This is all changing now, because the public is demanding it. People want safe, natural and inexpensive treatments that stimulate our bodies’ ability to self-heal and help our population improve its quality of life. Cannabis is one such solution. We are living at a time of profound change in how we look at marijuana, scientific evidence proves the medical use of cannabis and cannabinoids. Weed is a miracle plant that can only benefit mankind. Bud is all good. We have come along way since ‘Reefer Madness’.

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BTW, if you want to be part of the McChronald’s family, be a part of history, place your first order using coupon code 72162, you’ll get free shipping. Our welcome gift to you.

Cannabis is an “Exit Drug”, not a “Gateway Drug”

Drug problem decreases significantly where weed is legal

As a growing number of U.S. states reform their marijuana laws, new data emerges about the consequences of those reforms. According to a recent study, not only has the sky not fallen in states with legal marijuana, but these states have actually seen their drug problem decrease significantly.

A new study by the University of British Columbia and University of Victoria ( http://onlinelibrary.wiley.com/doi/10.1111/dar.12323/abstract ) suggest that more people are using marijuana as a substitute for prescription drugs and alcohol because it’s less addictive. According to the authors of the study, it is the largest survey of medical cannabis patients to date and highlights its potential health benefits.

Majority of medical marijuana users using pot instead of pills

One of the authors is UBC Okanagan Associate Professor Zach Walsh, who says a majority of medical marijuana users are using pot as a substitute for pills. “Our study shows that more than 80 per cent of medicinal cannabis users reported substituting cannabis for prescription drugs including opiate pain killers,” says Walsh, “We need to compare the risks and benefits of using other substances, such as opiates or alcohol, to the risks and benefits of cannabis use to estimate the real public health consequences of cannabis use,” says Walsh. “Looking at cannabis use in isolation paints an incomplete picture.”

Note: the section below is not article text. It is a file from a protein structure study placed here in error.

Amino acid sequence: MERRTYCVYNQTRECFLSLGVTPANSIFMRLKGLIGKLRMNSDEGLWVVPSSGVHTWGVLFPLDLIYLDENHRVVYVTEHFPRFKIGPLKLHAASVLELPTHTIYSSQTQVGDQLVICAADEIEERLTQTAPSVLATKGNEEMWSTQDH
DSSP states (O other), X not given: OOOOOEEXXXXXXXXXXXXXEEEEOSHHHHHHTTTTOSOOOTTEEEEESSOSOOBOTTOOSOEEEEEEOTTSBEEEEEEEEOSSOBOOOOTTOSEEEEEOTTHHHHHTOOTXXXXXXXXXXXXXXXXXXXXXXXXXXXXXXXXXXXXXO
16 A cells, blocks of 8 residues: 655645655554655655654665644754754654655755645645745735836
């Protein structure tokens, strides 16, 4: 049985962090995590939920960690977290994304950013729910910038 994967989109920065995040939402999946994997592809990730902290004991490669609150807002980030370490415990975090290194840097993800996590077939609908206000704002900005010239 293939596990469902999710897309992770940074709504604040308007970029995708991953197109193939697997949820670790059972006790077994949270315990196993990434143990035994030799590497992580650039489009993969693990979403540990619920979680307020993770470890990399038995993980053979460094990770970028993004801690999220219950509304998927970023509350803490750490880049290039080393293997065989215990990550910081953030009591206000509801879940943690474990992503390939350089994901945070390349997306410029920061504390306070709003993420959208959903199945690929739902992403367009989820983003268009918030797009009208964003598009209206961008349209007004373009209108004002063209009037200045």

Medical marijuana users are substituting booze, cocaine and meth for Weed

The study also reveals that drinkers are putting down the bottle and picking up a joint instead. More than half of the study’s 470 respondents reported substituting alcohol with cannabis, while a third of respondents prefer using cannabis instead of hard drugs like cocaine and crystal meth.

The authors say the study’s findings demystify the notion that marijuana is a gateway drug. These findings highlight the potential of cannabis to be an ‘exit drug’ to addiction rather than a gateway drug,

“If you want to make informed choices about pain control, I think use of cannabis is a right that every Canadian should have,” says Walsh. “It’s been proven to be much less harmful and addictive than opiates or substances like alcohol.”

American States with medical pot see nearly 25 percent fewer fatal prescription drug overdoses

“In the 23 U.S. states where medical marijuana has been legalized, deaths from opioid overdoses have decreased by almost 25 percent”. Opioid mortality is such a tremendously significant health crisis now, we have to do something and figure out what’s going on.The efforts states currently make to combat these deaths, like prescription monitoring programs, have been relatively ineffectual. Everything being done is having no effect, except for in the states that have implemented medical marijuana laws, If legalizing medical marijuana does help tackle the problem of painkiller deaths, that will be very significant, as thus far it is the only way to combat this crisis.

A new study reveals that states where medical marijuana is legal experience around one-quarter fewer deaths from prescription drug overdoses, signaling perhaps a small victory for proponents of pot’s alleged pain-alleviating powers. According to the study published in the latest installment of JAMA Internal Medicine    (http://archinte.jamanetwork.comarticle.aspx?articleid=1898878 ) , the 13 states in America that have legalized the use of medical marijuana for patients with valid prescriptions see a 24.8 percent lower annual opioid overdose rate that those where weed can’t legally be offered to treat ailments. Of those who die from prescription opioid overdoses, 60 percent have a legitimate prescription from a single doctor.